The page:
“CATCA chose to show the film, not with the intention of depressing the delegates—aware that there would be some harrowing footage which is very emotive--but instead to enforce that what we are all doing here is essential to our local area but even more so is essential to the world at large,” Bell continued. “The world leaders should not be conceited enough to think there is a choice in whether we should be taking the actions we are all taking, we simply must!!”
The response to the film, of the 100 delegates, was a stunned silence until the panel discussion allowed the airing of questions and concerns.
A Wide Range of Offerings
The presentations of the day ranged from the reintroduction of salmon in the River Clyde to natural flood management on the Allan Water.
In between classes and during a network buffet lunch, visitors were able to visit stalls and engage in helpful conversations with a wide array of river-related groups and agencies: Falkirk Invasive Species Forum, CATCA, Water of Leith, Local Biodiversity Action Plan, Larbert and Stenhousemuir Angling Club, Linlithgow Angling Club, River Avon Federation, SEPA, Slamannan Angling and Protective Association, Ayrshire Rivers Trust, Forth Invasive Non-Native Species project, River Forth Fisheries Trust, Centre for River EcoSystem Science (CRESS), Keep Scotland Beautiful, Royal Society for the Protection of Birds, Rory MacPhee Boatbuilder, Scottish Water, FIDRA, Marine Conservation Society, Scottish Natural Heritage, Falkirk Environment Trust, and Forth Environment Link.
Ian Edwards, Falkirk Council’s Environment Coordinator, was impressed by “the excellent stands supplied today, and manned and womanned, by community groups and volunteers. The time they put into preparing these stands, the work they do in the rivers and environment, and the time to man the stall and speak to the public is all voluntary. This volunteer effort simply cannot be under estimated by local government and organisations. Without it much of the work just would not be done.”
Experts commented that the level of questions and dialogue during the day and during the panel discussion, was quite relevant and impressive. Volunteer groups commented that the day highlighted the importance of issues of which they had not been previously aware – such as certain invasive species and requirements of regulatory bodies.
Inspiration and Hope
“One of the goals of CATCA was to bring together ‘the man on the street (or river)’ with the university sector, to help foster a conversation which is so important to both sectors, as they have much to learn from each other,” said Ian Howarth, Chairman of CATCA. “The older anglers, for one, know the rivers inside and out and have much natural wisdom to share. The researchers such as those at CRESS and University Marine Biological Station Millport, have a lot to tell us about water quality issues, current and future research. Much more can happen to address these issues at the practical level, if we don’t all work in isolation.”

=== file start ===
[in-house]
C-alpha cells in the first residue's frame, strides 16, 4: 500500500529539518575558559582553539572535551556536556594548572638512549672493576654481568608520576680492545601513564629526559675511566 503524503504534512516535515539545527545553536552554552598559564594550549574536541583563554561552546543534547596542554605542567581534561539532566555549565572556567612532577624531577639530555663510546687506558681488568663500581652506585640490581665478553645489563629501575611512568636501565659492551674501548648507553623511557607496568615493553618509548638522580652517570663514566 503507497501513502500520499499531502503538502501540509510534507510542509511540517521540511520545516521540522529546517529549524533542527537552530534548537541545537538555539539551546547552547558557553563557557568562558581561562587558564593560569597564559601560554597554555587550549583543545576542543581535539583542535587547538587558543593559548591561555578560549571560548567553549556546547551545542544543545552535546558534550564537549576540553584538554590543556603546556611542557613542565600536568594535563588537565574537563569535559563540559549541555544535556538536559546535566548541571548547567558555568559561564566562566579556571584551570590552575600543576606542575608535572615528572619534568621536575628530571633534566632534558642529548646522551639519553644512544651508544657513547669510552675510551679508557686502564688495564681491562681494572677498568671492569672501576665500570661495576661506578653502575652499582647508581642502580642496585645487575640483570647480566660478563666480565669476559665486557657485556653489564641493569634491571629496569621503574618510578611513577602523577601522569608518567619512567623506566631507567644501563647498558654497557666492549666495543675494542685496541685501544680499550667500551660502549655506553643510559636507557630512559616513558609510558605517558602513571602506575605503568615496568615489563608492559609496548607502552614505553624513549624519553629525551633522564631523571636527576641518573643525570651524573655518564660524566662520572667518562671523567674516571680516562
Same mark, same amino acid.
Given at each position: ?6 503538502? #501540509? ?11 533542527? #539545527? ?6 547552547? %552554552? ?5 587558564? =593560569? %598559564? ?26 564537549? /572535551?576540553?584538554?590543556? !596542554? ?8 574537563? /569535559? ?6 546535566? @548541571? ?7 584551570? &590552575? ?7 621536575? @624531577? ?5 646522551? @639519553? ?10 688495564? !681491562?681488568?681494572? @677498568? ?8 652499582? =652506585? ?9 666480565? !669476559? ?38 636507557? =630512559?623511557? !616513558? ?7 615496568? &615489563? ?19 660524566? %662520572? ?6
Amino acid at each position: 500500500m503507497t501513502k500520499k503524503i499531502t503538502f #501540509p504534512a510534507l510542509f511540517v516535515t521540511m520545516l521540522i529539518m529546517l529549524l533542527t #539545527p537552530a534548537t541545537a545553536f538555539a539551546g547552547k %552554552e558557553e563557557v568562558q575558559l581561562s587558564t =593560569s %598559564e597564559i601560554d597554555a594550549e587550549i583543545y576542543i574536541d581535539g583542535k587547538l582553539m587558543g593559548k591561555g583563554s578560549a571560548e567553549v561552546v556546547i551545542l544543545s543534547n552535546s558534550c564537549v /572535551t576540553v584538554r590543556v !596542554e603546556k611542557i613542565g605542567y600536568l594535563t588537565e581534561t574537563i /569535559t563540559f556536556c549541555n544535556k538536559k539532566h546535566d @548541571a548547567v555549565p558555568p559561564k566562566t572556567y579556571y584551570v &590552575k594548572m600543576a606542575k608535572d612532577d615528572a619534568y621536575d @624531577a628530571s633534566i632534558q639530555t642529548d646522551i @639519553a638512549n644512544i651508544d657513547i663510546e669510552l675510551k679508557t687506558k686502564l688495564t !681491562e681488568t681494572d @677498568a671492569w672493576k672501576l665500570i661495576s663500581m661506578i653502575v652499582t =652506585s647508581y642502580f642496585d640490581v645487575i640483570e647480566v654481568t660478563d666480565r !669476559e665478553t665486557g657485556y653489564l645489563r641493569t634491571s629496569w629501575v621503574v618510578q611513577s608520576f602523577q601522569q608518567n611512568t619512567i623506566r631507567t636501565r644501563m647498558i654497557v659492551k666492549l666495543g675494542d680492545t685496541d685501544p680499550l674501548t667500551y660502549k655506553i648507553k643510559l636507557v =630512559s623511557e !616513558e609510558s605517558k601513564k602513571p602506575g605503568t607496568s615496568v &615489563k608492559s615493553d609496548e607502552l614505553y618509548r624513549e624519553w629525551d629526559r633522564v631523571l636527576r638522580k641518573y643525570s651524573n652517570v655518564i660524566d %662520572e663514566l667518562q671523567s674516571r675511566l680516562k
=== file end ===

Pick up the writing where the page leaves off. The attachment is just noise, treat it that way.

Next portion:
Delegates left this unique event having made new friends, shared valuable information, sparked new ideas, new inspiration and new hope for the future of all of Scotland’s rivers.
THE FOLLOWING IS A LIST OF THE PRESENTATIONS FROM THIS EVENT. SOME OF THESE ARE LINKS TO THE PRESENTATIONS WHICH YOU MAY DOWNLOAD. For further information contact firstname.lastname@example.org.
List of Presentation Titles and Speakers at Exploring Our Rivers 2013:
Dr Phillip Cowie - University Marine Biological Station Millport “From River to Sea: Sources, Sinks and Ecological Impacts of Plastics - A Firth of Clyde Perspective”
Helen Brown - Trust Manager, Water of Leith Conservation Trust “The Water of Leith - A Case Study in Community Involvement on an Urban River”
Alison Baker - Forth Invasive Non-Native Species Programme Coordinator, River Forth Fisheries Trust “Managing Invasive Non Native Species along Riparian Corridors”
Lawrence Belleni - TCV's Natural Flood Management Apprentice, Centre for River EcoSystem Science “Natural Flood Management on the Allan Water”
Stuart Brabbs - Sr Scientific Officer and Trust Manager, Ayrshire Rivers Trust “Integrated Catchment Management; Taking a Pragmatic Approach to River Management”
Iain Semple - Fishery Manager, Howietoun Fish Farm “The History and Work of Howietoun Fish Farm”
Art Berg - Development Manager, Falkirk Environment Trust “Projects On and Beside Rivers and Bodies of Water – Issues of Safety, Licences and Law”
David Paterson - River Clyde Fisheries Management Trust “The Return of the Salmon to the River Clyde:”
Christine Bell - Project Officer, Communities Along the Carron Association “The Social Perspective - The River is...Many Things to Many People!”
For more photos from the event, please visit CATCA’s Facebook page at: “Communities Along the Carron Association – CATCA”